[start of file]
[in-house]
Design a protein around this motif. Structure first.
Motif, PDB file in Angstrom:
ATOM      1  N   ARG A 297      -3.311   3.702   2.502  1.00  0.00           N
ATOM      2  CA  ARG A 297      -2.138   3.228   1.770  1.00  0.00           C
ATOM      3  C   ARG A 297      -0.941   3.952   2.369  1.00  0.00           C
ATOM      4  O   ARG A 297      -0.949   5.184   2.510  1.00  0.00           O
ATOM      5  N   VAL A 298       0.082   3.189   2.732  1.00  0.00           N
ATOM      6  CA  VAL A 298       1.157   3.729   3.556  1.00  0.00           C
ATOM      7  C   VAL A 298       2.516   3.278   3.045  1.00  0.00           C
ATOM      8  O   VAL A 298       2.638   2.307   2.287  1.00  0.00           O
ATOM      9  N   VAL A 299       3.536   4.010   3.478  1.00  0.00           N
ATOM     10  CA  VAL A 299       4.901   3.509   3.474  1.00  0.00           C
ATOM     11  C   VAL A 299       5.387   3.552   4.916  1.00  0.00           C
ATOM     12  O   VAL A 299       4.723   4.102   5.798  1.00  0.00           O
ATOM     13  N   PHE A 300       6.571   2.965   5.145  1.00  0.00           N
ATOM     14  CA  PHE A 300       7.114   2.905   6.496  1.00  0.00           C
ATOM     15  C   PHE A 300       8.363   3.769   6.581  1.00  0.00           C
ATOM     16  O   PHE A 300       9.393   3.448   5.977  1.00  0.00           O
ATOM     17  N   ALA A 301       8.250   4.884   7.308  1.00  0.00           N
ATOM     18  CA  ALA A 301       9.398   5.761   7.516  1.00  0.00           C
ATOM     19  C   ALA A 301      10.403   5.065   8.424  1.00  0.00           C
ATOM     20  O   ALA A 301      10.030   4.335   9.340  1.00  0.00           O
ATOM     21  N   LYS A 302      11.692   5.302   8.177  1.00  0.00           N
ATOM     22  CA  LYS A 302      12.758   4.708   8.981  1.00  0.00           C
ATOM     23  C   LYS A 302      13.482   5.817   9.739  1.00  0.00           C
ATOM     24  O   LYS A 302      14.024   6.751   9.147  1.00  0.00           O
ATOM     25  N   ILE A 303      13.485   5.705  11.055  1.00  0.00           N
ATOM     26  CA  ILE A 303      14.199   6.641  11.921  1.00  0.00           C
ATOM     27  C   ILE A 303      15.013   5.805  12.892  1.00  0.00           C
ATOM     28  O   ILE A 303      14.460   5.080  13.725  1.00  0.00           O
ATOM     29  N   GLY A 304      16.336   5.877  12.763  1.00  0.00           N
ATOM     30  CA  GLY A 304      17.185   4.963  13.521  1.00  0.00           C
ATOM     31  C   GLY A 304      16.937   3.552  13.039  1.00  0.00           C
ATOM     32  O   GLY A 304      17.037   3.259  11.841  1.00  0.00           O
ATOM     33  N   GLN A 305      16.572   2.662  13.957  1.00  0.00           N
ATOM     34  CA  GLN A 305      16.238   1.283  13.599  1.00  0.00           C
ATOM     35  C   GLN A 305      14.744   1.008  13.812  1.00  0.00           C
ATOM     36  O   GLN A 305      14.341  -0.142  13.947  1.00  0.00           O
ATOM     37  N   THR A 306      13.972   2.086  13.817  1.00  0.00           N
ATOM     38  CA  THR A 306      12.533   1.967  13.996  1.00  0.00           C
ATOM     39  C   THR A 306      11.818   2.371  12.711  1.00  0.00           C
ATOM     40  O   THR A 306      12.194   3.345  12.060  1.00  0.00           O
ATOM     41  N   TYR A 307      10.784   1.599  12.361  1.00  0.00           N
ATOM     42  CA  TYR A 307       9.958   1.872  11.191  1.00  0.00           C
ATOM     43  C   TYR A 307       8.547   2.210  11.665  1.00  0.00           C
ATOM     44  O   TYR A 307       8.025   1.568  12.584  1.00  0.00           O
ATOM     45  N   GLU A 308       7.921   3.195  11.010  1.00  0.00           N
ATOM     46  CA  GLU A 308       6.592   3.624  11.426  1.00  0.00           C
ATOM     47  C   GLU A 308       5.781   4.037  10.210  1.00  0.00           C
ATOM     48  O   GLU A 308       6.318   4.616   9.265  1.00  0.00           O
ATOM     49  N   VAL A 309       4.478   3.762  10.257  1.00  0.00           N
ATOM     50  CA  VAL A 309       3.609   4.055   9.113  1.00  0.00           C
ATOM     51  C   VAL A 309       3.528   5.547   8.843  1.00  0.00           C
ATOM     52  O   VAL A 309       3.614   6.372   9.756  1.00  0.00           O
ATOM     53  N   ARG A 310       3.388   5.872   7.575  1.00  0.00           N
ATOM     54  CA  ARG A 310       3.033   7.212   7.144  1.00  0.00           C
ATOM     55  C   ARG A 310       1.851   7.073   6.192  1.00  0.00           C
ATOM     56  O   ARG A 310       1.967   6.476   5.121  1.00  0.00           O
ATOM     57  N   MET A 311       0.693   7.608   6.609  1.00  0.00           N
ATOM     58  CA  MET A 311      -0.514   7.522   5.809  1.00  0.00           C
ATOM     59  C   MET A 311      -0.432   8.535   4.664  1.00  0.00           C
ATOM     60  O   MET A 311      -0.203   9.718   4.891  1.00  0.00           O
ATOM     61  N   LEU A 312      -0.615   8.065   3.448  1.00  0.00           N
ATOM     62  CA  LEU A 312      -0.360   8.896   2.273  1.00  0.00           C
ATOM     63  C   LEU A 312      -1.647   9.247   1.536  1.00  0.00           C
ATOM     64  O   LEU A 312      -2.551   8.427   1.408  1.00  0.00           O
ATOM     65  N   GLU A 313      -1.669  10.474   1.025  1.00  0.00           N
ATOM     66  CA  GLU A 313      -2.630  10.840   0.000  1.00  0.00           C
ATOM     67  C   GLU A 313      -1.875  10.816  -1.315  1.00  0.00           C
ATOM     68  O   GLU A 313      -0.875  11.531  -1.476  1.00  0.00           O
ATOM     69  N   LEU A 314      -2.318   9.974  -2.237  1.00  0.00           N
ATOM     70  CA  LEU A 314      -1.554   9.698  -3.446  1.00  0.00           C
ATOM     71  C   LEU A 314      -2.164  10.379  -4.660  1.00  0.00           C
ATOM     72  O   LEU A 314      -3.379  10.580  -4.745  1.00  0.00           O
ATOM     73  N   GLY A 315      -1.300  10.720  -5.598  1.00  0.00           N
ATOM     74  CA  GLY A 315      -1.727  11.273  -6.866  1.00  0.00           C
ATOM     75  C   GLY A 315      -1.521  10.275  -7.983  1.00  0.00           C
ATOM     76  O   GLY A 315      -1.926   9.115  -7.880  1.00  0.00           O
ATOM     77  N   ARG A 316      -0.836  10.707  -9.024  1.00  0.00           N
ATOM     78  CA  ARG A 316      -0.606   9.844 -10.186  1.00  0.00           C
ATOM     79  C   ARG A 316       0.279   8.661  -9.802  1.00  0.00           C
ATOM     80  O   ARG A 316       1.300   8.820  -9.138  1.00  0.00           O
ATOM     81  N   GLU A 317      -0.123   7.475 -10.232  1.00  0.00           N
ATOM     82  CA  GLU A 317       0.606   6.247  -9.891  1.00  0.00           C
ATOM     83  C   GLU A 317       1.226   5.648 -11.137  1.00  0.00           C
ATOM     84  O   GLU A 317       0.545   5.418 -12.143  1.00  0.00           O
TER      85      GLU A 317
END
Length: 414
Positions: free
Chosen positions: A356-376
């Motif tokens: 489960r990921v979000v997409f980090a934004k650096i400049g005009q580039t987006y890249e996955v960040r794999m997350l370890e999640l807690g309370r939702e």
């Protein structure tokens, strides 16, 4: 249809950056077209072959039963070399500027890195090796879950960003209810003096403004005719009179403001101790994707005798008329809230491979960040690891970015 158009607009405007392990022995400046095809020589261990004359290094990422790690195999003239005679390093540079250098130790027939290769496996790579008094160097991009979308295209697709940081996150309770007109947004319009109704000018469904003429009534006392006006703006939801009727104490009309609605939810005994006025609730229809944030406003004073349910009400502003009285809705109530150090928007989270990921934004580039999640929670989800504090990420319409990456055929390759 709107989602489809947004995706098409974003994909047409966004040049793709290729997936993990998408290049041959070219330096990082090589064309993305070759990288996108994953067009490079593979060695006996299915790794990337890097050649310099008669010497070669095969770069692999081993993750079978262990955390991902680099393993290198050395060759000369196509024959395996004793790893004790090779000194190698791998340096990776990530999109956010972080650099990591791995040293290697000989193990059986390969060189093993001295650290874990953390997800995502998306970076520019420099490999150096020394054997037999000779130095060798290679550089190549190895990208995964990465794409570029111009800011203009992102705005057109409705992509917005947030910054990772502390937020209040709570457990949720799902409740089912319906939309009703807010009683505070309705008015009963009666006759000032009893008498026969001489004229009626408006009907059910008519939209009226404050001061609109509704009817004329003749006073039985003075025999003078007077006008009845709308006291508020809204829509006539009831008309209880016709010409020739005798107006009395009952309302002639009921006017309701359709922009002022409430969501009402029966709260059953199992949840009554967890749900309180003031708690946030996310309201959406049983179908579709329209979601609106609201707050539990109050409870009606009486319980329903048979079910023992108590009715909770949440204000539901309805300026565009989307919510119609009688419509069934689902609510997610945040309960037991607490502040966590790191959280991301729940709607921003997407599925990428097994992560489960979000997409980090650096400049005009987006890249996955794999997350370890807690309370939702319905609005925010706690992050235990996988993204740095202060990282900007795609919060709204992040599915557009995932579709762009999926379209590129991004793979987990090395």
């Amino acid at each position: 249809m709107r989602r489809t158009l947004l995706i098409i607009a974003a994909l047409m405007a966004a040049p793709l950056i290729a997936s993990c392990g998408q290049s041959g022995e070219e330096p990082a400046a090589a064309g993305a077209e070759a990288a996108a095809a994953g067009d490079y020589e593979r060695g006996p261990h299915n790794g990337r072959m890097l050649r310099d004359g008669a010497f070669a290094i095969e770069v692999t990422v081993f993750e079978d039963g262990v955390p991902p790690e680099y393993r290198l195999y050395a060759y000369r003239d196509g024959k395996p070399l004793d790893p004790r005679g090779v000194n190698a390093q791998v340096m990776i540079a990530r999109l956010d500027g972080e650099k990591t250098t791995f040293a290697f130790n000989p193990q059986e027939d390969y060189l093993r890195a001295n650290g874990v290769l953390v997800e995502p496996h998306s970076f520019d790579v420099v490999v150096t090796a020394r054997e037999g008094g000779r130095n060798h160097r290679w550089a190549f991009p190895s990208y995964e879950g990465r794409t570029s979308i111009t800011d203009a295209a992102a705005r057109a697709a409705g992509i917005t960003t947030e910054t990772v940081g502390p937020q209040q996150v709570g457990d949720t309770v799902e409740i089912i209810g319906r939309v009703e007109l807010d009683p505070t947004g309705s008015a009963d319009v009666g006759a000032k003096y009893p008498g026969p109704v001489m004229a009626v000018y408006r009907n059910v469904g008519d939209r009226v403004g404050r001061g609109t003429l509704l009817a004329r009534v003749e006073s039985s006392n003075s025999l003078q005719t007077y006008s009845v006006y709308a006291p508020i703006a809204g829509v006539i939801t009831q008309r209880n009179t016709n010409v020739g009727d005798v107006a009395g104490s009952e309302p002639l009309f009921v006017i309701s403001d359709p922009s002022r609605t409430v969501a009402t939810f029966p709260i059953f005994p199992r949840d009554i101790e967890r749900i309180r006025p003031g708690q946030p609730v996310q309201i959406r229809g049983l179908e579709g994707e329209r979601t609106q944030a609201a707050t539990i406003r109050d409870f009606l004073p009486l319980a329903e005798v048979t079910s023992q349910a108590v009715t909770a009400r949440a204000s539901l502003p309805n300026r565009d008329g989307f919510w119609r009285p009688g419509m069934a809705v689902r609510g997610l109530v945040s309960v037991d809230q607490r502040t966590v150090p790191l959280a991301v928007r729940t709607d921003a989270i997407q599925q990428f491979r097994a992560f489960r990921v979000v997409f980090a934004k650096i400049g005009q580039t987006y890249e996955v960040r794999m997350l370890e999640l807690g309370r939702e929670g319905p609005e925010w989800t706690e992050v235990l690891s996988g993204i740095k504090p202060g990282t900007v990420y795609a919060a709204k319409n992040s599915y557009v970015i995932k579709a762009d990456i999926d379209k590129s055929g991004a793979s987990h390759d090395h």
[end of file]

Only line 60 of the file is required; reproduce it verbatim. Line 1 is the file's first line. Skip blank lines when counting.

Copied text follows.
ATOM     57  N   MET A 311       0.693   7.608   6.609  1.00  0.00           N